Malibu ‘Unchained’

To great critical success, one local man’s film has captured the intensity, excitement and dedication in the world of the unusual sport of freestyle motocross. 

Calling it a “highly personal movie for me,” 20-year Point Dume resident Paul Taublieb wrote, directed and produced the film “Unchained: The Untold Story of Freestyle Motocross.” It tells the story of the emergence of the sport. 

“It’s a lifestyle sport of guys pushing the limits on motorcycles with tricks and competition,” Taublieb explained. The seasoned filmmaker and producer was involved in launching the sport that’s a hybrid of gymnastics on motorcycles. 

“I really wanted to make the film because when people think of crazy guys on motorcycles doing back flips, it has this aura of a bunch of silly kids doing dumb things and getting hurt,” but that’s not the case, according to Taublieb. “Because I was an eyewitness (to its birth), I saw the human drama of what these athletes do and how courageous they are to continually push progression—put their lives and bodies at risk,” Taublieb continued. “It was inspiring the way they would go through these challenges and always get back on their feet. The message of the movie is: Things are hard, things are tough, things don’t always go your way, but these guys embody this idea of picking yourself up and having courage and the mental fortitude to go on.”

Freestyle motocross started 20 years ago, born from a movie called “Crusty Demons of Dirt.” 

Taublieb explained the “huge impact” the movie had on the emergence of the new sport. 

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“A guy in the movie did a jump out in the desert —about 300 feet—and crashed in sand. It was spectacular,” Taublieb said. “When the video came out, it blew everybody’s mind. It was the birth of the sport that took place in that one instant. This is the days of VHS. There’s no YouTube—no internet. 

“I saw the video and at the time I was involved in producing TV events of surfing, snowboarding and said, ‘Wow, this is amazing. Let’s turn this into a sport.’ So that’s what I did,” the director said. “I took this free riding—this play riding—and codified it into a competitive format and brought it to ESPN and said, ‘This needs to be its own category of sport.’”

But the sports network wasn’t buying at first. 

“They said, ‘It’s the worst idea we’ve ever heard. This is dangerous. It’s irresponsible and the traditional world of motocross thinks it’s a terrible idea,’” Taublieb recounted. “But we were able to talk them into doing it.” It was a ratings success and added to the X Games, which Taublieb has produced.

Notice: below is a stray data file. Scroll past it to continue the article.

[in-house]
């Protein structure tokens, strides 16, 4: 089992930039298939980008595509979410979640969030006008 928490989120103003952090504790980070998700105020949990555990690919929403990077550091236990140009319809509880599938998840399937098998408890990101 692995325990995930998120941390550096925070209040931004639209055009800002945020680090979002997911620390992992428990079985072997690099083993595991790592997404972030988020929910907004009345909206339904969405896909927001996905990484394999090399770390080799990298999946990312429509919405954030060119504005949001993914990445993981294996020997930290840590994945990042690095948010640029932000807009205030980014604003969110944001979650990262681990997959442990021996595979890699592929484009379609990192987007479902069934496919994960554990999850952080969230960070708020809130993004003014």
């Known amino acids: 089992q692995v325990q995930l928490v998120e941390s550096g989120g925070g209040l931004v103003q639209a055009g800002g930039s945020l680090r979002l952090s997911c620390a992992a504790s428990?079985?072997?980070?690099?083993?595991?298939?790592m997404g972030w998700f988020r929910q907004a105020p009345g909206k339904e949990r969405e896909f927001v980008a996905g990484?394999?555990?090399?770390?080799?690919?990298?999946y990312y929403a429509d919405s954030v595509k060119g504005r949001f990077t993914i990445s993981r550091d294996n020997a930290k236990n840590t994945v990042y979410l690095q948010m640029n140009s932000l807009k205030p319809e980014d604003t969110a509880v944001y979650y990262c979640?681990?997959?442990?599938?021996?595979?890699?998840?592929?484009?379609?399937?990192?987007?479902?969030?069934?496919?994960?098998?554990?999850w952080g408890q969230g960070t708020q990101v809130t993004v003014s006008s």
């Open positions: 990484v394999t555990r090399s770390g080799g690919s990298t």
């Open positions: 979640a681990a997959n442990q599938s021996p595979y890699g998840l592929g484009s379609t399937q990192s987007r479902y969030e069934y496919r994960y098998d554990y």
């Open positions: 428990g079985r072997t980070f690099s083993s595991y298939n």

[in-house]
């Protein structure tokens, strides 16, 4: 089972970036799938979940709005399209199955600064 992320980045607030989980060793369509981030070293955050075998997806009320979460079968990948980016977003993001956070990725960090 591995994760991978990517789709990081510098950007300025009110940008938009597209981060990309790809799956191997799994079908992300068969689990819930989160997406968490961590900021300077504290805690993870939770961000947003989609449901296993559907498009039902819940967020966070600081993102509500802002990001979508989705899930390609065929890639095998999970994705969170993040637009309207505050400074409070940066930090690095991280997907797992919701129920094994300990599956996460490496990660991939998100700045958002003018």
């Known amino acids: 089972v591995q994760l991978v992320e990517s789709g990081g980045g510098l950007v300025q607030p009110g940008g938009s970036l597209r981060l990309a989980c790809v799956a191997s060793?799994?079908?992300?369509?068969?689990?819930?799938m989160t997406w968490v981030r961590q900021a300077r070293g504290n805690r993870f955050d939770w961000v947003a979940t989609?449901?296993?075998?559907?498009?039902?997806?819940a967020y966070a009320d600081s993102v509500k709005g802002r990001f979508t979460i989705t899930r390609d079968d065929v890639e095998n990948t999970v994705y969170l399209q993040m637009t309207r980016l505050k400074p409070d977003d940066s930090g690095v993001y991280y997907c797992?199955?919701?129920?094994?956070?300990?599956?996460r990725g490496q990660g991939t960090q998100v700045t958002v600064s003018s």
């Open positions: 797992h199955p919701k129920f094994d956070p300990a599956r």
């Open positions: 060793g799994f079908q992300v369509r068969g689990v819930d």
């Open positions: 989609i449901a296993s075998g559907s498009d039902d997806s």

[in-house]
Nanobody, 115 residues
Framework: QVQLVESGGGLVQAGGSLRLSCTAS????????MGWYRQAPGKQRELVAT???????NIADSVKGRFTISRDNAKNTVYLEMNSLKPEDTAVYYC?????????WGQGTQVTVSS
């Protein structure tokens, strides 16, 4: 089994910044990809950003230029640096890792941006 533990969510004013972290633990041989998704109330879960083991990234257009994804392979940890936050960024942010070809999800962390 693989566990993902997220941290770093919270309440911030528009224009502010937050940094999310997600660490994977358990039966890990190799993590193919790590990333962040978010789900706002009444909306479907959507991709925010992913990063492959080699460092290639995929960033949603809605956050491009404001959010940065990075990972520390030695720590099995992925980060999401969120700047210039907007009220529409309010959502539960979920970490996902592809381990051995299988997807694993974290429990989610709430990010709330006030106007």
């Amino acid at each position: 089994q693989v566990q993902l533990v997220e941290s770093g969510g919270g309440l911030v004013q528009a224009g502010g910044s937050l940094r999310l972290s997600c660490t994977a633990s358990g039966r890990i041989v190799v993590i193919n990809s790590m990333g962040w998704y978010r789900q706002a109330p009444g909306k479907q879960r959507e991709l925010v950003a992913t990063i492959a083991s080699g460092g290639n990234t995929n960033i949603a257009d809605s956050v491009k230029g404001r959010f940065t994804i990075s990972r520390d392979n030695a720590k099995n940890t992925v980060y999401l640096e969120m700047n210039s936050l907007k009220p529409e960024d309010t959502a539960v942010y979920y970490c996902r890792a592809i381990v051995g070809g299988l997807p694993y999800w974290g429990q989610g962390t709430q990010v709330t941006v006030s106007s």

Susan Cooper, Taublieb’s wife and partner in Taublieb Films, remarked on the incredible skills of the athletes in “Unchained.” 

“They’re gymnasts,” Cooper said. “When they’re flipping a motorcycle or putting their legs up in the air and they’re upside down, it requires the strength and technical skill of a gymnast in addition to dealing with the machine they control.”

Taublieb added that the participants are world class athletes.

“Certainly, if you’re going to fall down really hard from going really high and really fast, you want to be as fit as possible so your musculature can give you as much protection in a dangerous sport,” Taublieb added. 

“The biggest moment in the sport came when a rider back flipped a motorcycle,” the filmmaker described. “People thought that was insane and impossible. That raised the stakes and the danger and changed the course of the sport and the characters in it. It’s a very personal character-driven movie of the different guys who’ve pioneered this.” 

Cooper said the point of the film was to help audiences understand the athletes and what their motivation is.

“The families, in addition to the men—it tends to be men—is to understand their complete dedication and sacrifice,” Cooper said. “They are incredible athletes. It takes tremendous devotion to be willing to face death. I don’t know any other sport where you’re asked to face death over and over and what that does for your families—your spouses—the tremendous pressure every time you try to get a medal.” While deaths in the sport are rare, Taublieb said, “We tell the story of one rider who had a big impact that sobered everyone up.” 

The Malibu International Film Festival opens Saturday with a screening of the film, narrated by Point Dume resident Josh Brolin. 

“Because we’re all Malibu locals, it makes it exciting to be in the MIFF. That’s what makes Malibu a unique community. We really are like a big family and community that works together,” Cooper commented. 

Brolin, also executive producer, will be on hand to host the screening.

“Unchained” has already won the Emmy as the best sports film of 2017.

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